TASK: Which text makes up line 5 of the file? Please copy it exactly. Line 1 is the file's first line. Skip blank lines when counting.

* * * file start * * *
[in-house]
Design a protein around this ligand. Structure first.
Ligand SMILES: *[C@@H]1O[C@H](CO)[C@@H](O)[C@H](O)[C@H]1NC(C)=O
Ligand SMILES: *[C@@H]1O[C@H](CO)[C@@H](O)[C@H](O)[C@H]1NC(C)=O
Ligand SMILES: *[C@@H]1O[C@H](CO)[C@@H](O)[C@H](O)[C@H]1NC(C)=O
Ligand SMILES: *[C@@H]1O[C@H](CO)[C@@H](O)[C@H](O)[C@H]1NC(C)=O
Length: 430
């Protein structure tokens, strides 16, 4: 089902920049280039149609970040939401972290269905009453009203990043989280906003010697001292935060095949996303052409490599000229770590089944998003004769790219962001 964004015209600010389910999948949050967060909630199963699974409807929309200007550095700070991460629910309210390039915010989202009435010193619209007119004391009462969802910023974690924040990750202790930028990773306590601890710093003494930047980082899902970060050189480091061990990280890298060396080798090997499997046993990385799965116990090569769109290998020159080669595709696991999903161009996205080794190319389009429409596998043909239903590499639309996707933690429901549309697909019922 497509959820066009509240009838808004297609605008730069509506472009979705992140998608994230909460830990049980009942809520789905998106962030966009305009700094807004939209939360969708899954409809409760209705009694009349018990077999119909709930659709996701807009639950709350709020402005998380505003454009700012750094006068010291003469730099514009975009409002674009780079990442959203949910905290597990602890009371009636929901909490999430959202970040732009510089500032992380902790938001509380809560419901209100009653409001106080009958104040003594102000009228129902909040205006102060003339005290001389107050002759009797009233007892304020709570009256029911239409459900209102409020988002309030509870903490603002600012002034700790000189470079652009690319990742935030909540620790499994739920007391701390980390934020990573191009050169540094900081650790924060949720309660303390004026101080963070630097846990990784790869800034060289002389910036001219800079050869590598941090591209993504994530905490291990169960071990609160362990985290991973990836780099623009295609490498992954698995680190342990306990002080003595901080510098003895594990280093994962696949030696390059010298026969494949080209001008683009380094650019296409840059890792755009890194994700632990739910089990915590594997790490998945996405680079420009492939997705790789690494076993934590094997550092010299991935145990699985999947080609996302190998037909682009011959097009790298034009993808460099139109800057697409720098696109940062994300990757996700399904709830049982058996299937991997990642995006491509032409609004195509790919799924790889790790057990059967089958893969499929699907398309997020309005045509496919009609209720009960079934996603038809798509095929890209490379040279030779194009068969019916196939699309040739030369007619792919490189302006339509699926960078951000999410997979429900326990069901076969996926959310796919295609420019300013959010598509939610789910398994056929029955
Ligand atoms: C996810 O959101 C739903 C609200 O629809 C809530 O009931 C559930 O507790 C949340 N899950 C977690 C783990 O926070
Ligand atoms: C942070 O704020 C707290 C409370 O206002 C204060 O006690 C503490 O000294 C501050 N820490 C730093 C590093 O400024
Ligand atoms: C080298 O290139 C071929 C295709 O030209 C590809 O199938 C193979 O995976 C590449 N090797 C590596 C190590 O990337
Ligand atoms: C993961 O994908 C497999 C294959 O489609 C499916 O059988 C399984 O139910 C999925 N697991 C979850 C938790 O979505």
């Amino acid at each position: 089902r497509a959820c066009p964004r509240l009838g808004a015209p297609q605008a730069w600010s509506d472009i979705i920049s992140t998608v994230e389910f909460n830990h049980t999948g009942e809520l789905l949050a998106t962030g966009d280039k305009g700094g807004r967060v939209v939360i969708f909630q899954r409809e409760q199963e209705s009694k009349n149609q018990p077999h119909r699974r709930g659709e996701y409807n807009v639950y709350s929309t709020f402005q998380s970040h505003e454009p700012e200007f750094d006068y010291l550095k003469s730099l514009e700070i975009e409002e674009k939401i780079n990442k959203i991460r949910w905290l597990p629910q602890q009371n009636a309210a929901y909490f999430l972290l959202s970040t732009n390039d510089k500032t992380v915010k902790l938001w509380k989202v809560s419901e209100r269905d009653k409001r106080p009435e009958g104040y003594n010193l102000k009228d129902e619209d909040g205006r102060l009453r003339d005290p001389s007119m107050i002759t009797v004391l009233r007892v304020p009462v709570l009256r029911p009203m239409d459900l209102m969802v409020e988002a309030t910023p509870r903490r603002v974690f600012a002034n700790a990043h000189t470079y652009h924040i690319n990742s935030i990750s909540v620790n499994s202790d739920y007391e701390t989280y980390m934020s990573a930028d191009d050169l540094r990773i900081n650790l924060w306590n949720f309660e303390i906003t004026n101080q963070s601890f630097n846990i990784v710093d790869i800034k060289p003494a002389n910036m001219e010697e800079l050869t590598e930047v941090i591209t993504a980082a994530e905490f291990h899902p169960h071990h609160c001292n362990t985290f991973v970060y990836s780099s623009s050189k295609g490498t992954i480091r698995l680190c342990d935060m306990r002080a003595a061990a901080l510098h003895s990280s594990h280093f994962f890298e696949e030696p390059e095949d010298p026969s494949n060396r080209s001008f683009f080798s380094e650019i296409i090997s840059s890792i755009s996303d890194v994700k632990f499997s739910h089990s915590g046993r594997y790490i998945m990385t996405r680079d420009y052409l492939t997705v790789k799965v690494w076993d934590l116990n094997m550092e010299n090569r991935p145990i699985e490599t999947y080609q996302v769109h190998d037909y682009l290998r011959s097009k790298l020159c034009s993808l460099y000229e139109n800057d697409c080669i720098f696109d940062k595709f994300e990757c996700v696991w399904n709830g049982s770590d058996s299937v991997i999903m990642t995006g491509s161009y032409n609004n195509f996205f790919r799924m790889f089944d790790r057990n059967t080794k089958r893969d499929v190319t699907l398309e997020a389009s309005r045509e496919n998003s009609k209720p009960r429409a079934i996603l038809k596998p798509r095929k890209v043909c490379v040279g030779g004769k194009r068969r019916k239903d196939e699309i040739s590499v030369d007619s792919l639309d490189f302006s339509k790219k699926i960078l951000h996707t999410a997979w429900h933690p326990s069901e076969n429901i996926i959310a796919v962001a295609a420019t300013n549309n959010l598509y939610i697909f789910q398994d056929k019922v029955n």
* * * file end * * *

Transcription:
Ligand SMILES: *[C@@H]1O[C@H](CO)[C@@H](O)[C@H](O)[C@H]1NC(C)=O